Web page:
So is this normal for first time use? If so, how long does it take before it goes away? Or is this something more serious and I should get in contact with my dealer ASAP?

 

Thanks!

Apparently the burning smell was normal and part of the burning off oils and chemicals used during manufacturing and assembly.  It was likely exacerbated by the fact that I was running the fan. I’ll keep an eye on it but I wish something I was warned about. I guess it’s a reason to drive more efficiently and keep off the ICE.

Automated Park Assist

After multiple botched attempts, I finally managed to get the automated perpendicular parking assist to work on Saturday evening. I tried it again on Sunday but it didn’t go as smoothly as I hoped. I think I may have been reversing too quickly but it’s not the feature I thought it would be.

I’ve been focusing on the automated perpendicular parking assist feature because parallel parking is uncommon in my travels.

I was hoping the system would just help park in an empty parking spot but unfortunately the system requires actual vehicles or physical objects as reference points. This explains why all my attempts have failed and the one success parked my car near a concrete pillar. The manual didn’t explicitly spell this out but it makes sense. I don’t know why I thought otherwise because my car doesn’t have a 360 degree camera system.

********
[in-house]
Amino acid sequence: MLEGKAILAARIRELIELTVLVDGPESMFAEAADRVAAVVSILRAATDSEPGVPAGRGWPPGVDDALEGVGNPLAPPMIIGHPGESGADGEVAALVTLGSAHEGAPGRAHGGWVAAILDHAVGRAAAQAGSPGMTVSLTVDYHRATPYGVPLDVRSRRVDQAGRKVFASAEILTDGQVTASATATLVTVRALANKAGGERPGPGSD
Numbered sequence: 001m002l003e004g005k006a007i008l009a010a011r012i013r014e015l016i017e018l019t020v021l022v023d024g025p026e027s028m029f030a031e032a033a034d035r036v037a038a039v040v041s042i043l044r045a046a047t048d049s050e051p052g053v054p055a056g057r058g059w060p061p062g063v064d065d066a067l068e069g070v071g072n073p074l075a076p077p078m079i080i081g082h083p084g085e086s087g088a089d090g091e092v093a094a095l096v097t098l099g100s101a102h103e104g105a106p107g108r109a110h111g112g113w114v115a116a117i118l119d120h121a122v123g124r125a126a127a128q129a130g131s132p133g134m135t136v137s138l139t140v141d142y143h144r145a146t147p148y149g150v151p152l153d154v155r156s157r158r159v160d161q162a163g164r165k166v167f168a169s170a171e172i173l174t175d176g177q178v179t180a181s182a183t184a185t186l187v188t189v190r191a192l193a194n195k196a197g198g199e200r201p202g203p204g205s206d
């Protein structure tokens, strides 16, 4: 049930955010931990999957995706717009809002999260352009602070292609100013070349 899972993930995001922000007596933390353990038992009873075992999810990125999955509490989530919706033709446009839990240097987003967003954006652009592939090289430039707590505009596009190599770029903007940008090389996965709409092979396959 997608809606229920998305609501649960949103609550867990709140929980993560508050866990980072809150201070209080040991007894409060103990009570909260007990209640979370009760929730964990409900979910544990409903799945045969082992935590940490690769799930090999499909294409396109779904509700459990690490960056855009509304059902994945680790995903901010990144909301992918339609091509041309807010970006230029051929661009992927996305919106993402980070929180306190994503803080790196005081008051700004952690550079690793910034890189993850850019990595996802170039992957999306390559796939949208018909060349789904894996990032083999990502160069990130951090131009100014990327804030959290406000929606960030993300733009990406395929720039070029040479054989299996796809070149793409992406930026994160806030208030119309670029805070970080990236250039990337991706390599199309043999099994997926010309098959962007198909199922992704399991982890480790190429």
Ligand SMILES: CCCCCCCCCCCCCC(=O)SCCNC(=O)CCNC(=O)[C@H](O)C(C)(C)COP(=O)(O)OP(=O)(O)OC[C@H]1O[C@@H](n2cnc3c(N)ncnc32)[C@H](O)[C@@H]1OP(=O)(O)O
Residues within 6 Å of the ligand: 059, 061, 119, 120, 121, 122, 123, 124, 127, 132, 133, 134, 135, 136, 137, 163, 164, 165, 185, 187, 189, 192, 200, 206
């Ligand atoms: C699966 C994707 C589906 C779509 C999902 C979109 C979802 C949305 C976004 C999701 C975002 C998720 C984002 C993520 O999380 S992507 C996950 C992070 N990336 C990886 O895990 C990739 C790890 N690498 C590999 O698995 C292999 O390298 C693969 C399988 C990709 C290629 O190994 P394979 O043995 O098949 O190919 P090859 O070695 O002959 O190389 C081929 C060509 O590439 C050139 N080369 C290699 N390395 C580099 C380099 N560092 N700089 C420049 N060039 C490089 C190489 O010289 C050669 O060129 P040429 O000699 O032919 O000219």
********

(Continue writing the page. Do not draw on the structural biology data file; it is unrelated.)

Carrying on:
Built-in Navigation vs Apple Maps via Car Play

I don’t have a sizeable data plan (250 MB) on my iPhone. I never really needed a big data plan before but Apple Car Play is building a compelling argument for buying a sizeable data plan.

I bought the built-in navigation option for the Volt because I wanted to have a standalone GPS solution. Coming from a 2008 Garmin GPS unit, the Chevy solution is sleeker and more robust but it’s still pales in comparison to Apple Car Play.

Dictating the address to the built-in navigation is cumbersome. With Siri and Apple Maps, I can say “Take me to <store name>” and a list of store locations would appear on screen with the nearest one on top. The built-in navigation only recognizes addresses and I have to drill down to each address starting from the city and province level. It’s also very strict with naming and offers very few suggestions.

Suite of Sensors

I originally wanted to build my Volt with only “Driver Confidence Package I”. I thought the Side Blind Zone Alert with Lane Change Alert and Rear Cross Traffic alert features were the most beneficial but after the test drive, I decided to include both options because I appreciated the extra eyes the second “Driver Confidence Package” included: